The Jack Daniel Distillery has launched Jack Daniel’s Bonded Tennessee Whiskey, the first permanent expression in the brand’s new Bonded Series.
The Bonded Series honours the whiskey making excellence of the iconic Jack Daniel Distillery and will be a permanent
Bonded is Bottled-in-Bond at 100 proof (50% ABV), with packaging inspired by the original design of the 1895 Jack Daniel’s Tennessee Whiskey bottle. As stipulated by the Bottled in Bond Act of 1897, a bonded whiskey must be distilled by a single distiller during a single season, matured in a government bonded warehouse for at least four years and bottled at 100 proof.
Jack Daniel’s Master Distiller Chris Fletcher said: “The Jack Daniel Distillery has been making exceptional American whiskey to the highest standards for generations, before and after the Bottled in Bond Act, dating back to the days of Mr Jack himself.
“Jack Daniel’s Bonded is a nod to our heritage with a touch of innovation and craftsmanship. This whiskey is another opportunity for both our friends and new drinkers to explore and discover everything Jack Daniel’s has to offer.
“Jack Daniel’s has long been a loyal favourite of Australian whiskey drinkers, and we’re excited to bring our first Super Premium product in 25 years down under.”
Bonded is made using a time-honoured recipe of 80% corn, 12% malted barley, and 8% rye. Barrels were hand selected for their unique and particular characteristics of deeper colour, flavour, and aroma, which bring a darker, richer, and more oak-forward character to the whiskey. It is a big, bold Tennessee Whiskey at 100 proof with layered notes of caramel, rich oak, and spice giving way to a pleasantly lingering finish.
Bonded is available across Australia in 700ml bottles for a suggested retail price of $85.
How Frank Sinatra made Jack Daniel’s into a rock star brand
Bonded was launched this week at Maybe Sammy in The Rocks, Sydney. At the event, the Brown-Forman team discussed how the venue had been chosen because it was inspired by the roaring Fifties, when the Rat Pack and Hollywood glamour were revered and admired.
Among the famed members of the Rat Pack was Frank Sinatra, who put Jack Daniel’s on the map.
As Tales of the Cocktail notes: “While the title didn’t exist as we now know it, Sinatra was, in a manner of thinking, Jack Daniel’s first brand ambassador. Without a contract or paycheck or any official partnership, Ol’ Blue Eyes had a measurable impact on his whiskey of choice simply by being the coolest guy in any room and telling his fans what he liked to drink.”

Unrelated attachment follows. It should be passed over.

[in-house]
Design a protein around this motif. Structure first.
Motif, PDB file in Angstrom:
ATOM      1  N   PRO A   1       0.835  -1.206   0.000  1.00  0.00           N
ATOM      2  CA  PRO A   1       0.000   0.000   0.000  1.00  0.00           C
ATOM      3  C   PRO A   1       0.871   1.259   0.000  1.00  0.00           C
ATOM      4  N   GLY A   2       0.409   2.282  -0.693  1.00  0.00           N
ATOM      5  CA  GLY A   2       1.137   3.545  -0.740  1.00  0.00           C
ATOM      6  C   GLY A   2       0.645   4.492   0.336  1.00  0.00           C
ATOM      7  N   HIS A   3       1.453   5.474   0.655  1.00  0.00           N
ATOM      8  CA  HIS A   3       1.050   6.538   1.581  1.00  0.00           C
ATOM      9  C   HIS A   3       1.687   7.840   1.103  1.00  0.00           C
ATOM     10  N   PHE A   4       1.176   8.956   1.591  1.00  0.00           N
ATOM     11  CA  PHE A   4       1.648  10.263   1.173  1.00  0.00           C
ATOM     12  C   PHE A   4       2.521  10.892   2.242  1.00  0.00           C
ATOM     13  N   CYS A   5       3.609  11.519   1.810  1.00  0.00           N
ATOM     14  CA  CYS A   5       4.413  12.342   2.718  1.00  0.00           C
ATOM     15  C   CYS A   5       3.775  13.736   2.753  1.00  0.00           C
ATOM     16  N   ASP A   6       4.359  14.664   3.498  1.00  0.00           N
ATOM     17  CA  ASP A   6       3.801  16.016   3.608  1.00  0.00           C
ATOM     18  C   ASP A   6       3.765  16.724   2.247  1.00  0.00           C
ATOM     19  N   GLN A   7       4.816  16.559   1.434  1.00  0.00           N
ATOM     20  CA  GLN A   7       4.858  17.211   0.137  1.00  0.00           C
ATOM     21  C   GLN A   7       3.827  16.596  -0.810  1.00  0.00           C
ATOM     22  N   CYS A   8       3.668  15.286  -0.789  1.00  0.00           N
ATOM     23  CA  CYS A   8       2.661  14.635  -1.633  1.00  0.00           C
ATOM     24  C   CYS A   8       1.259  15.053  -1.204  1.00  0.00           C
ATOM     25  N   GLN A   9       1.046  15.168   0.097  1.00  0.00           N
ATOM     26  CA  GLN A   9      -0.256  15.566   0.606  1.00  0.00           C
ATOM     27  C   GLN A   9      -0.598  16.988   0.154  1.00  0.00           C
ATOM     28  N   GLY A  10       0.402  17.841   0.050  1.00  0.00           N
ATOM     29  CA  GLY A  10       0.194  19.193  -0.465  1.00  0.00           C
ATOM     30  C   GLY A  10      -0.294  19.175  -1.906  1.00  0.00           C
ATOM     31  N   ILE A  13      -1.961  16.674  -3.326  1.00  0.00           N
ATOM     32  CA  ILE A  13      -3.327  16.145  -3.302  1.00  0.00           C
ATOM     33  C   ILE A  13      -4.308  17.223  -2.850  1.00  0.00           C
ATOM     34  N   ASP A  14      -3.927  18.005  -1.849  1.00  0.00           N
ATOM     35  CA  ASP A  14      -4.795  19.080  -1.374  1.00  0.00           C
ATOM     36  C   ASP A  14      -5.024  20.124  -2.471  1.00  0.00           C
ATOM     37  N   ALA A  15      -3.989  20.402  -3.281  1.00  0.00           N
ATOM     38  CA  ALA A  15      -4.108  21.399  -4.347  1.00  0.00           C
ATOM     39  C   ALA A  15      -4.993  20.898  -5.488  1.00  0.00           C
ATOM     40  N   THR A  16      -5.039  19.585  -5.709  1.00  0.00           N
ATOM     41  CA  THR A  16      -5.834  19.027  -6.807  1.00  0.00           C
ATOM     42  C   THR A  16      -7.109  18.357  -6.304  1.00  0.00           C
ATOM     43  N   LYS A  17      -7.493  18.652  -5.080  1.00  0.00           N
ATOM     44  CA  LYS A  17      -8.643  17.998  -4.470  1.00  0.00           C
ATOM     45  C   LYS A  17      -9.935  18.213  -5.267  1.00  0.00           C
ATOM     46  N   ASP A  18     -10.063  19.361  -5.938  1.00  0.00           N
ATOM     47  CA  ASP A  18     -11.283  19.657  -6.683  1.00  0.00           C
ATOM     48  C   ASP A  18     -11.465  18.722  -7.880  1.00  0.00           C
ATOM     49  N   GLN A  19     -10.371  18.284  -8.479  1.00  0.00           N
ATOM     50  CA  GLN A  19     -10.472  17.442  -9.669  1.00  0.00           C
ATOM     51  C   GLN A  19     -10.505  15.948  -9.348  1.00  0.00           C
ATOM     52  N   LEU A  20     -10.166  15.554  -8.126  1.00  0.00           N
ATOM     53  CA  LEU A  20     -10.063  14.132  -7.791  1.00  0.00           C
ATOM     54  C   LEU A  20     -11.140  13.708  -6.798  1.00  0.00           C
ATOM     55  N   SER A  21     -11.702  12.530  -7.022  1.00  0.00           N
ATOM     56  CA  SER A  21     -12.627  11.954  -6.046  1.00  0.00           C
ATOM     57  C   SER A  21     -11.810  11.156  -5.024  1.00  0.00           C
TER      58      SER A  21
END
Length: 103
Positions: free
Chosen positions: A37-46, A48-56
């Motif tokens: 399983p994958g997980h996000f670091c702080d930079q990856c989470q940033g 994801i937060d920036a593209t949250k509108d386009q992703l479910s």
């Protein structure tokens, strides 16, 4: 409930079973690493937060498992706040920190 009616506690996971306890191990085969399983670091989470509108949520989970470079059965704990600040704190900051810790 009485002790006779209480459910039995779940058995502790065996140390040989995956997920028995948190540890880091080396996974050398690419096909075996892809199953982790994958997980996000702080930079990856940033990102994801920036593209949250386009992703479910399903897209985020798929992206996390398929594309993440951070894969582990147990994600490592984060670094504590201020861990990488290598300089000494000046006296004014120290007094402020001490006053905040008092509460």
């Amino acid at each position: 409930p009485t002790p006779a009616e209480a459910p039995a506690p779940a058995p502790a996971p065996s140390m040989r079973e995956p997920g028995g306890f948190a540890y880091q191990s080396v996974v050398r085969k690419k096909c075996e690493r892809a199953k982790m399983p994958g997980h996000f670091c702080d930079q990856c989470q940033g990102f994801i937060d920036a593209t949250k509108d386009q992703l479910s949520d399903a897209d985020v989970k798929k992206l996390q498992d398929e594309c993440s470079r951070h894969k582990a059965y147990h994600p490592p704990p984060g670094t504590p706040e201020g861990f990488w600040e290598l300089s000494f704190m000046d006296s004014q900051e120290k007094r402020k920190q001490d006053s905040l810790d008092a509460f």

Sinatra was introduced to the spirit by his friend and Hollywood legend Jackie Gleason. The whiskey’s historian Nelson Eddy said the brand would never have become one of the world’s biggest selling American whiskies if wasn’t for Frank Sinatra.
“Frank’s introduced to Jack Daniel’s in around 1947, we’re a brand that’s under 200,000 cases at that point, very small brand,” Eddy once told Forbes. “And the only reason Sinatra finds out about it, he’s at a bar with Jackie Gleason. Gleason turns to him and says, ‘Have you tried Jack Daniel’s?’ He tries it that night, he falls in love with it, he feels like he’s discovered it and given the number of cases that were out there, in a way, he did discover it for many, many people. He starts calling it, from the stage, the nectar of the gods and the best booze in the world.”
As a result, for many years the spirit was on allocation because the distiller couldn’t make enough of it to satisfy demand. The shortage delayed the export of Jack Daniel’s for almost two decades.
When Sinatra was living in Palm Springs he would hoist a Jack Daniel’s flag to signal cocktail hour to the neighbours. While visiting England, he wore a blazer featuring a crest of two crossed golf clubs and a bottle, plus the name ‘Jack Daniel’s Country Club’. His closest friends were given similar jackets to signify they were ‘members’ of the club.
Sinatra was very particular about how he took his favourite drink: a two-finger measure with three or four ice cubes, plus water, in a traditional rocks glass.
When served a glass of Jack Daniel’s filled to the brim with ice at the Four Seasons in Boston, he carefully fished out all but four of the cubes, according to Bill Zehme in The Way You Wear Your Hat: Frank Sinatra and the Lost Art of Livin’:
“The bartender asked: ‘Is there a problem, Mr Sinatra?’ Quietly, he explained: ‘No, but with all this ice, I figured we’re supposed to go skating here or something. That’s not my sport.'”
When he died in 1998, Sinatra was buried with a bottle of Jack Daniel’s, a pack of Camel cigarettes, a Zippo lighter and a dollar’s worth of dimes. The dimes were reportedly in case he needed to use a pay phone to order more whiskey or cigarettes.
Categories: New releases